The indigenous peoples of the Amazon basin live in close communion with their surroundings, with their songs and stories also drawing inspiration from it.
“Language is not separate but connected to the environment and culture. The diversity of all three should be fostered,” says Associate Professor Pirjo Kristiina Virtanen.
Virtanen has worked with indigenous peoples in Brazil since 2003. Among other things, she has investigated youth and leadership among indigenous peoples, as well as the human–nature relationship.
The Constitution of Brazil has only provided protection for indigenous cultural knowledge since the late 1980s. Many have lost their native language and been forced to speak only Portuguese.
While the Apurinã people comprises roughly 10,000 individuals, only 30% speak their own language. The people live in roughly 20 reservations along the Purus River. The language has been preserved better in more remote reservations than those split by a highway.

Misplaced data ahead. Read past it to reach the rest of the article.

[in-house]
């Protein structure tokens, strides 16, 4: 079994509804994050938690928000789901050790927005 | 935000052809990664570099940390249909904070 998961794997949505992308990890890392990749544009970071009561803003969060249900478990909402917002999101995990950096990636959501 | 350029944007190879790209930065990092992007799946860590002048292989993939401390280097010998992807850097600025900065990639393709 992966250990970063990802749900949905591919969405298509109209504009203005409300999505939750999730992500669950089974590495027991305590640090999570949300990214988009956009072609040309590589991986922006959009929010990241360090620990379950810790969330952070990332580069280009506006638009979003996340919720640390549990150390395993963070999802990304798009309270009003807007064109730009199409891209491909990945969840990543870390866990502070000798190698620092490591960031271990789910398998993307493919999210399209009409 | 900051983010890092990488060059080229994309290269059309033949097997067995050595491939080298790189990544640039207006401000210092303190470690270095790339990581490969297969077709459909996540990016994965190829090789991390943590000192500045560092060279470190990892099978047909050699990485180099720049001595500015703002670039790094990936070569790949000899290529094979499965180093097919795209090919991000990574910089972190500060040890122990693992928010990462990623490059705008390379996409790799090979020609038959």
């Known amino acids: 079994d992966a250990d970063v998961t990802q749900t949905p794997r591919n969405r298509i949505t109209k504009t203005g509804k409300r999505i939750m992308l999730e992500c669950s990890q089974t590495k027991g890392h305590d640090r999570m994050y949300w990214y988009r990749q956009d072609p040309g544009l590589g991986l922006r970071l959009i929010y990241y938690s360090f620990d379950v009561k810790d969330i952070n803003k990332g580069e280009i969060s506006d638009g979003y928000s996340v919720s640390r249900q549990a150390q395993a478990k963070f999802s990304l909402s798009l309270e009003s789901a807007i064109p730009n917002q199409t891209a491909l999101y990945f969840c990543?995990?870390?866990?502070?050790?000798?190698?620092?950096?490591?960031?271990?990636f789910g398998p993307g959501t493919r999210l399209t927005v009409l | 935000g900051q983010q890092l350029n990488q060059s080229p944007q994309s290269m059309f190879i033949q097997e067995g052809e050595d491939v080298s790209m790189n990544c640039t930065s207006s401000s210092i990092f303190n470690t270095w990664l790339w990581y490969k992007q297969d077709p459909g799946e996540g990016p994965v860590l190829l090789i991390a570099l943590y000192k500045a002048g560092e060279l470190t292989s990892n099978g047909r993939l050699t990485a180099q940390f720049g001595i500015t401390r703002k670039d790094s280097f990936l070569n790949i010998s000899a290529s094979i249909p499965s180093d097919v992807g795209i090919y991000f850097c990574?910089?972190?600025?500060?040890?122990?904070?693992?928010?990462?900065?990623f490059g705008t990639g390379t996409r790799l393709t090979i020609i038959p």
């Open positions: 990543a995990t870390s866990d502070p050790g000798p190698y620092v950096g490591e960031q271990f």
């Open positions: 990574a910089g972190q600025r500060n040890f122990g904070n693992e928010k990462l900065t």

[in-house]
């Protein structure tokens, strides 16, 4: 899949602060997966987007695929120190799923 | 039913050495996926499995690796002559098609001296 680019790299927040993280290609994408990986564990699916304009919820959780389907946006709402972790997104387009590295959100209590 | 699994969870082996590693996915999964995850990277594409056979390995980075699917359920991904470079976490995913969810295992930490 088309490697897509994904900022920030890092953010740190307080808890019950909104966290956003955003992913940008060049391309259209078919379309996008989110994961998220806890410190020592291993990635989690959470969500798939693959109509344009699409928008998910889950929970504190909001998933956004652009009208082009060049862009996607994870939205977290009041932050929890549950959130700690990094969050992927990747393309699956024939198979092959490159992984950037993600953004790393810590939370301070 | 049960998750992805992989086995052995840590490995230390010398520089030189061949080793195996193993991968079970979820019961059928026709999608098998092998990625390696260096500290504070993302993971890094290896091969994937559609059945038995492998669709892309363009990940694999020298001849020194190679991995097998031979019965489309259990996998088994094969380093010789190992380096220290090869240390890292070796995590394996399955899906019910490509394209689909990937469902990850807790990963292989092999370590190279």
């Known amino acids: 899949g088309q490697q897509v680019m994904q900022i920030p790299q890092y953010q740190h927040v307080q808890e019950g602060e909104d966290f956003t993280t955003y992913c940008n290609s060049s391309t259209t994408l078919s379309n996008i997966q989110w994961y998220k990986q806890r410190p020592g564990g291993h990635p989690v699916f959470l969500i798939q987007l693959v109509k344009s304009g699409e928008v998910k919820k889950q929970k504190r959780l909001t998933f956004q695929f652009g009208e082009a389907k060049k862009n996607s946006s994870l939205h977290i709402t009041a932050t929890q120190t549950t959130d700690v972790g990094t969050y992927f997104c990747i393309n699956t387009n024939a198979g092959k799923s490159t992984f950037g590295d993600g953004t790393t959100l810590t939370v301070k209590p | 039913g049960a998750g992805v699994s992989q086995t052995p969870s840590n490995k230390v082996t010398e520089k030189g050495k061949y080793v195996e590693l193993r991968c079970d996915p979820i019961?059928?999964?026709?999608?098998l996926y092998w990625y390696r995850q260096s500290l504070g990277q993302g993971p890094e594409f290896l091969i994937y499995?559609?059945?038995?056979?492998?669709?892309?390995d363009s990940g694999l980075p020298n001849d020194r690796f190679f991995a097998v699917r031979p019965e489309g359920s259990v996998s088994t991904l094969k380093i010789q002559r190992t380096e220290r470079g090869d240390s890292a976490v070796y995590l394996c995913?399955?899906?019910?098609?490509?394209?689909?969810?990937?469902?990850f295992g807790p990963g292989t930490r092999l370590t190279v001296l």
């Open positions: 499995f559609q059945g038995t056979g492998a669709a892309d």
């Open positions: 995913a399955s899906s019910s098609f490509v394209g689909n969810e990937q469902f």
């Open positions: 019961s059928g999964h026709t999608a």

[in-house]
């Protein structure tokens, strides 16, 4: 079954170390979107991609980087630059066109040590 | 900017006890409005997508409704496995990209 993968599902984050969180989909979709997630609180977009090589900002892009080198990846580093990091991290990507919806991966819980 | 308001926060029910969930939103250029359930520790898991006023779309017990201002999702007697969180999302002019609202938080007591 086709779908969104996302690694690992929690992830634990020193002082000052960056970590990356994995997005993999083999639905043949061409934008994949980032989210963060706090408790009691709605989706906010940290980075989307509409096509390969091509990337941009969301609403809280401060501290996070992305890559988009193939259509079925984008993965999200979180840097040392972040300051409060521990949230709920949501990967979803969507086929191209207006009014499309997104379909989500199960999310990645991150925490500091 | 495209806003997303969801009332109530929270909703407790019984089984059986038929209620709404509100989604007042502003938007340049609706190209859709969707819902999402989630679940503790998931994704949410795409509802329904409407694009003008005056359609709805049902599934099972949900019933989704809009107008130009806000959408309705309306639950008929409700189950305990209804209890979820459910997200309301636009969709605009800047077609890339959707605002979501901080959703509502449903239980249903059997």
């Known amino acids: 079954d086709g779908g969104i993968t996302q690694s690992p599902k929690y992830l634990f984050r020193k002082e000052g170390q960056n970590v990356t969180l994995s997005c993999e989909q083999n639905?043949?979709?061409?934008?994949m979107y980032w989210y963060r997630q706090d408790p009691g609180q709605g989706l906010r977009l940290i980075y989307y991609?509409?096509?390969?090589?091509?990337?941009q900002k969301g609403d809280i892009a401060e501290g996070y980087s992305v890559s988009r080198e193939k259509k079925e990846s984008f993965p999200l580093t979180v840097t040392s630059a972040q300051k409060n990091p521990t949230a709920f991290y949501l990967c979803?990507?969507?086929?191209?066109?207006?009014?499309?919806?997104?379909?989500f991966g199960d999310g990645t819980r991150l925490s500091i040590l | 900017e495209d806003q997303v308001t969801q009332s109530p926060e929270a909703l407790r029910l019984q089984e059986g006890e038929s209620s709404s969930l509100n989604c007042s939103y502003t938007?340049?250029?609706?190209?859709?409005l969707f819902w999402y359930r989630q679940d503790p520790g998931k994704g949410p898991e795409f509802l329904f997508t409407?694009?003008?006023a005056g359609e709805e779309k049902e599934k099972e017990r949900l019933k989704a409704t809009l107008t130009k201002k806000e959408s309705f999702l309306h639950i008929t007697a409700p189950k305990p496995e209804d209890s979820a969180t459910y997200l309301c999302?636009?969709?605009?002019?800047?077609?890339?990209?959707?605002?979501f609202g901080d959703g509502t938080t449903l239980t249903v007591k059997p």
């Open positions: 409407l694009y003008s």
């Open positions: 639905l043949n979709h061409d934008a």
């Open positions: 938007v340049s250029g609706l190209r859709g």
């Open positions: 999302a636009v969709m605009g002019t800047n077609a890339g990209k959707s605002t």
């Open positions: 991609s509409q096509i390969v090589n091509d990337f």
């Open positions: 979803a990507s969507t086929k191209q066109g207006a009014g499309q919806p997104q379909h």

Recently, textbooks for the Apurinã language were produced under the direction of Virtanen together with linguist Sidney Facundes. The leaders of the indigenous people requested the support of the researchers to strengthen their language. For years, the scholars organised workshops in the Apurinã reservations, which led to the creation of the textbooks.
“We listened to children, adults, parents and leaders. Dozens of teachers of the Apurinã language participated in the workshops.”
One of the books is an alphabet book that helps in learning to write, the other is a discussion book. Most of the textbook content was produced by representatives of the indigenous people themselves. They wrote texts and illustrated the books with their art.
The Apurinã language has several dialects, and the goal was to include all of them in the books. This is why words appear in different forms and spellings.
“I considered how to learn and teach language better. A key lesson has been to tie teaching in the traditions as well as the plant and animal life of the teacher’s own region.”
Revitalising the language would also require action from the Brazilian government.
“In many municipalities, Apurinã is not accepted at all in the curriculum. It would require more room for lessons in the native language and cultural knowledge.”
This article has been published in Finnish in issue 6/2022 of the Yliopisto magazine.